USGS Grant Number: G14AP00172
Year Established: 2014 Start Date: 2014-09-01 End Date: 2016-08-31
Total Federal Funds: $248,556 Total Non-Federal Funds: $249,182
Principal Investigators: Gabriele Villarini, Jeffery Czajkowski, Erwann MichelKerjan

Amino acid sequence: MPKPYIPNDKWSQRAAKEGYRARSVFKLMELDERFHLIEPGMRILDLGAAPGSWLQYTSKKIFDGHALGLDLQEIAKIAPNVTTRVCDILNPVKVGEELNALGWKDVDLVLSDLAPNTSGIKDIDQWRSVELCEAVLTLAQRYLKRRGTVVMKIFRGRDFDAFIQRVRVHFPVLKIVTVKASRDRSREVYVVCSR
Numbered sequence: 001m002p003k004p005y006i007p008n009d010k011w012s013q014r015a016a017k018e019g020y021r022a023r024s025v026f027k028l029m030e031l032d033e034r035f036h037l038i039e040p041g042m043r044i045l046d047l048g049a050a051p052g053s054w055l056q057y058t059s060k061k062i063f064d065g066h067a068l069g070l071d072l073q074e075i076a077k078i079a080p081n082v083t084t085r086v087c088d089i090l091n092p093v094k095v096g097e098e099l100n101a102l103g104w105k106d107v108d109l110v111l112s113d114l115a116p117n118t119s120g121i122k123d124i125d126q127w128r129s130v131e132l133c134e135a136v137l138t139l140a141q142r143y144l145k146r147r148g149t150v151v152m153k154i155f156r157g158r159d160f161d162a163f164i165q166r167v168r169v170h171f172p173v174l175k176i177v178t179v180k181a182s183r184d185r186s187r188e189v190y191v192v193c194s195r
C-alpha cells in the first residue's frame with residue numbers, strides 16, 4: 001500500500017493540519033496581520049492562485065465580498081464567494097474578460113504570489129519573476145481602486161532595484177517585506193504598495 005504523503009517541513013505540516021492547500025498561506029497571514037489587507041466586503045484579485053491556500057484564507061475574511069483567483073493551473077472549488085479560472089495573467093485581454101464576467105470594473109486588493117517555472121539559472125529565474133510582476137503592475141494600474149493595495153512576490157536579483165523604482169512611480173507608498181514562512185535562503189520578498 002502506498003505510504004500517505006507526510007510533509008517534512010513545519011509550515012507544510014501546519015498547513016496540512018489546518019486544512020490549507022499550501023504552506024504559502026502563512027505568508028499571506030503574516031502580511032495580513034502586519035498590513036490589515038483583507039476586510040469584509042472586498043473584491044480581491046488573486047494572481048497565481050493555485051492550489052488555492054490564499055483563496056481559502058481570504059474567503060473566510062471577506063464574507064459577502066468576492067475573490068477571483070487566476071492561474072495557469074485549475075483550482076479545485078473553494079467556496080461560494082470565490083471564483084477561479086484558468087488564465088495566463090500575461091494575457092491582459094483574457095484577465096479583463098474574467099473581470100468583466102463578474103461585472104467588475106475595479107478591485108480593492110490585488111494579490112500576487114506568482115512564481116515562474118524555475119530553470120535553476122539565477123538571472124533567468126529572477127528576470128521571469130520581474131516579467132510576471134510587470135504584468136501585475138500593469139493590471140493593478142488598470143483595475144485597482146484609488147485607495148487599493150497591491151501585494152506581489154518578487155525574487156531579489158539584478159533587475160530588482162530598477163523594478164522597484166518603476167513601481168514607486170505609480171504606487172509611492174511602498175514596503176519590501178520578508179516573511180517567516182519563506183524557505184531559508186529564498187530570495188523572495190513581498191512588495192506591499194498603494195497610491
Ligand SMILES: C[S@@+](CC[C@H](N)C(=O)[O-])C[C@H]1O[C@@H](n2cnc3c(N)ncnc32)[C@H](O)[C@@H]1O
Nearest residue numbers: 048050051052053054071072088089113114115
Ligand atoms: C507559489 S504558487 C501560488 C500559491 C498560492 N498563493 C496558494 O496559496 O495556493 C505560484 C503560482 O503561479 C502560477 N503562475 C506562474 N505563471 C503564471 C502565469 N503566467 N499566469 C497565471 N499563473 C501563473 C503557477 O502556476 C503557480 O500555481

Abstract: We propose to develop statistical models to describe the relation between inland flooding associated with North Atlantic tropical cyclones (TCs) and impacts (direct economic losses and insurance claims) in the United States. Inland flooding is of high societal and economic relevance, but regretfully has received very little attention as most U.S. TC loss assessment efforts are focused on coastal flooding. Moreover, it is often the case that the most severe impact from heavy rainfall and fresh water flooding is far removed from the center of circulation of these storms, up to hundreds of kilometers away. The main outcomes of the proposed research are: 1) the identification of the areas that are more at risk from inland flooding from North Atlantic TCs; 2) the characterization of the extent and magnitude of these events; 3) the development of statistical models relating flood magnitude to direct economic losses importantly controlling for the associated exposure and vulnerability aspects over the period 2000-2012; 4) the use of the resulting empirical relationships to perform sensitivity analysis examining the potential impacts of pre-2000 TCs under the current level of exposure and vulnerability. The project will be carried out over a two-year time period. During Year 1, we will assemble spatially and non-spatially hazard, vulnerability and exposure data sets, as well as the associated data regarding claims and losses from the time period of 2000-2012, during which 100 TCs passed at least 500 km from the U.S. coast. This data acquisition and proper assembling is a non-trivial effort given the typical geographic impact of North Atlantic TCs. The statistical modeling of the hazards, vulnerability and exposure will begin towards the end of Year 1. During Year 2, we will complete the statistical modeling of the TC flood hazard and economic losses. We will also measure the degree of flood insurance coverage in place, thus being able to measure how many people exposed to these TCs are not properly protected financially from an insurance perspective and consequently might be requesting federal disaster relief. We will also examine the temporal changes in magnitude and frequency of TC floods. Moreover we will be able to use these developed models to examine what economic impacts TC floods occurring during the 20th century would have had if they had happened in the first decade of the 21st century. Analyses will leverage heavily on USGS discharge data from the hazard side, a unique access to the federally-run National Flood Insurance Program (NFIP) data for flood claims (flood in the United States is mainly insured by this public program), damage and some exposure data, and Hazards-United States (HAZUS) for the remaining relevant exposure and vulnerability data. We will focus on the assessment of the areas that are more severely affected by North Atlantic TC floods east of the Rocky Mountains, and examine the relation between impacts, hazards, exposure and vulnerabilities. Because of the scale of the weather and climate systems at play, we adopt a regional approach from the hazard modeling perspective. One of the problems in dealing with streamflow data at the regional scale is that there is an intrinsic dependence of discharge on drainage area that needs to be accounted for. The approach we will use is to normalize the peaks caused by TCs by the at-site 2-year flood peak. We will describe the relation among impacts, hazards, exposure and vulnerabilities by developing risk assessment statistical models for TC flooding and explore variability in the relationships. The basic idea is that we have a predictand (either claims or losses) and a vector of potential predictors for each of the three main components hazard, exposure and vulnerability. Different modeling approaches will be tested, and different methods for the selection of the relevant predictors will be considered. The procedures and models that we will develop are designed for broad use by USGS National and District Offices for flood and water resource assessment studies. Additional users will include federal, state and local groups for emergency and recovery purposes.